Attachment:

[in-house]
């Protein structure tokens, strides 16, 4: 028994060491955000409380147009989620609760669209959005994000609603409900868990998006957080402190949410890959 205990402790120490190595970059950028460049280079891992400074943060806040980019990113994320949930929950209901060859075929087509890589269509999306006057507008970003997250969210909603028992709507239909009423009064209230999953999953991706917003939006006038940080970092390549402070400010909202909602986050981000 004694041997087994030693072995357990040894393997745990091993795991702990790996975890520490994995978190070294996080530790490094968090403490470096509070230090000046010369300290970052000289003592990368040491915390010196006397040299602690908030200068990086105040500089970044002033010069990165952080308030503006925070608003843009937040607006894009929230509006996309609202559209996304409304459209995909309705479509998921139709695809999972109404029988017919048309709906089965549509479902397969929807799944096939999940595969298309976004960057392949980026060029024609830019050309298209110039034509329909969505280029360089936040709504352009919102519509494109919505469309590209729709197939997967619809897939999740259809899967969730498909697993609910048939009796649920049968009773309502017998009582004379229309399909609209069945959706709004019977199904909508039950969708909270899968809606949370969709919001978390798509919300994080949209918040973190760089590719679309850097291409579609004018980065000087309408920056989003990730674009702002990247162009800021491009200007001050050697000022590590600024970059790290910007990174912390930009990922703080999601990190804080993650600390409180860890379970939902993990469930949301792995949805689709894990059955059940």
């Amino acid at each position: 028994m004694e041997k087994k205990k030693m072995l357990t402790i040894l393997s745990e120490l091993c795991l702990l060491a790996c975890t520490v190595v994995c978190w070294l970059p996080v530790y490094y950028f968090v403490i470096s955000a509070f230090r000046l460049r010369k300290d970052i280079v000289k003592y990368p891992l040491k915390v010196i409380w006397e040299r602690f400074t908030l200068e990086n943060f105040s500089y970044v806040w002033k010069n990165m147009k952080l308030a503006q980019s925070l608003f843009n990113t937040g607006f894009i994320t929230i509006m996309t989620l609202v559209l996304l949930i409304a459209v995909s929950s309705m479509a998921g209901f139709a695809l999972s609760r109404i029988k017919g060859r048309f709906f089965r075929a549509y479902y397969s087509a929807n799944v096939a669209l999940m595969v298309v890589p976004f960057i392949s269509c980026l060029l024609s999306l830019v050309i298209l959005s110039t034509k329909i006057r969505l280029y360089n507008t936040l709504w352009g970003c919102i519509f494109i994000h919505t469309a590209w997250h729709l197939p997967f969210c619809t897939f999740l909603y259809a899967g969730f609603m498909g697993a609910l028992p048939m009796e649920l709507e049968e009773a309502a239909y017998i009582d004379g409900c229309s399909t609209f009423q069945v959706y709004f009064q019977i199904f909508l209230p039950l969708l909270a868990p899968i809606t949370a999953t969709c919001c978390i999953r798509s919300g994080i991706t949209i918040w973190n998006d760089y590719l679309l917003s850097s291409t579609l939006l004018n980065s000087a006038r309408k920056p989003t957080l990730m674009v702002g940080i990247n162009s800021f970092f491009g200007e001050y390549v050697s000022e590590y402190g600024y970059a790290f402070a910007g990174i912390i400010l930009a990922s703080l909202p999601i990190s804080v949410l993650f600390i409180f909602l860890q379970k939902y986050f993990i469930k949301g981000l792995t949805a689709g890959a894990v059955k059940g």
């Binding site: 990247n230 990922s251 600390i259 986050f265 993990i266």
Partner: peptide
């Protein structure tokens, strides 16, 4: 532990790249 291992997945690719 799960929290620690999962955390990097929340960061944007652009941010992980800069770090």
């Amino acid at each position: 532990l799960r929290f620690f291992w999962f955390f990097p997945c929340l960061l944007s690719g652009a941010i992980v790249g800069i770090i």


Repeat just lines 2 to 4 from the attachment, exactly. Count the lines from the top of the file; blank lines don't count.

């Protein structure tokens, strides 16, 4: 028994060491955000409380147009989620609760669209959005994000609603409900868990998006957080402190949410890959 205990402790120490190595970059950028460049280079891992400074943060806040980019990113994320949930929950209901060859075929087509890589269509999306006057507008970003997250969210909603028992709507239909009423009064209230999953999953991706917003939006006038940080970092390549402070400010909202909602986050981000 004694041997087994030693072995357990040894393997745990091993795991702990790996975890520490994995978190070294996080530790490094968090403490470096509070230090000046010369300290970052000289003592990368040491915390010196006397040299602690908030200068990086105040500089970044002033010069990165952080308030503006925070608003843009937040607006894009929230509006996309609202559209996304409304459209995909309705479509998921139709695809999972109404029988017919048309709906089965549509479902397969929807799944096939999940595969298309976004960057392949980026060029024609830019050309298209110039034509329909969505280029360089936040709504352009919102519509494109919505469309590209729709197939997967619809897939999740259809899967969730498909697993609910048939009796649920049968009773309502017998009582004379229309399909609209069945959706709004019977199904909508039950969708909270899968809606949370969709919001978390798509919300994080949209918040973190760089590719679309850097291409579609004018980065000087309408920056989003990730674009702002990247162009800021491009200007001050050697000022590590600024970059790290910007990174912390930009990922703080999601990190804080993650600390409180860890379970939902993990469930949301792995949805689709894990059955059940």
């Amino acid at each position: 028994m004694e041997k087994k205990k030693m072995l357990t402790i040894l393997s745990e120490l091993c795991l702990l060491a790996c975890t520490v190595v994995c978190w070294l970059p996080v530790y490094y950028f968090v403490i470096s955000a509070f230090r000046l460049r010369k300290d970052i280079v000289k003592y990368p891992l040491k915390v010196i409380w006397e040299r602690f400074t908030l200068e990086n943060f105040s500089y970044v806040w002033k010069n990165m147009k952080l308030a503006q980019s925070l608003f843009n990113t937040g607006f894009i994320t929230i509006m996309t989620l609202v559209l996304l949930i409304a459209v995909s929950s309705m479509a998921g209901f139709a695809l999972s609760r109404i029988k017919g060859r048309f709906f089965r075929a549509y479902y397969s087509a929807n799944v096939a669209l999940m595969v298309v890589p976004f960057i392949s269509c980026l060029l024609s999306l830019v050309i298209l959005s110039t034509k329909i006057r969505l280029y360089n507008t936040l709504w352009g970003c919102i519509f494109i994000h919505t469309a590209w997250h729709l197939p997967f969210c619809t897939f999740l909603y259809a899967g969730f609603m498909g697993a609910l028992p048939m009796e649920l709507e049968e009773a309502a239909y017998i009582d004379g409900c229309s399909t609209f009423q069945v959706y709004f009064q019977i199904f909508l209230p039950l969708l909270a868990p899968i809606t949370a999953t969709c919001c978390i999953r798509s919300g994080i991706t949209i918040w973190n998006d760089y590719l679309l917003s850097s291409t579609l939006l004018n980065s000087a006038r309408k920056p989003t957080l990730m674009v702002g940080i990247n162009s800021f970092f491009g200007e001050y390549v050697s000022e590590y402190g600024y970059a790290f402070a910007g990174i912390i400010l930009a990922s703080l909202p999601i990190s804080v949410l993650f600390i409180f909602l860890q379970k939902y986050f993990i469930k949301g981000l792995t949805a689709g890959a894990v059955k059940g």
């Binding site: 990247n230 990922s251 600390i259 986050f265 993990i266």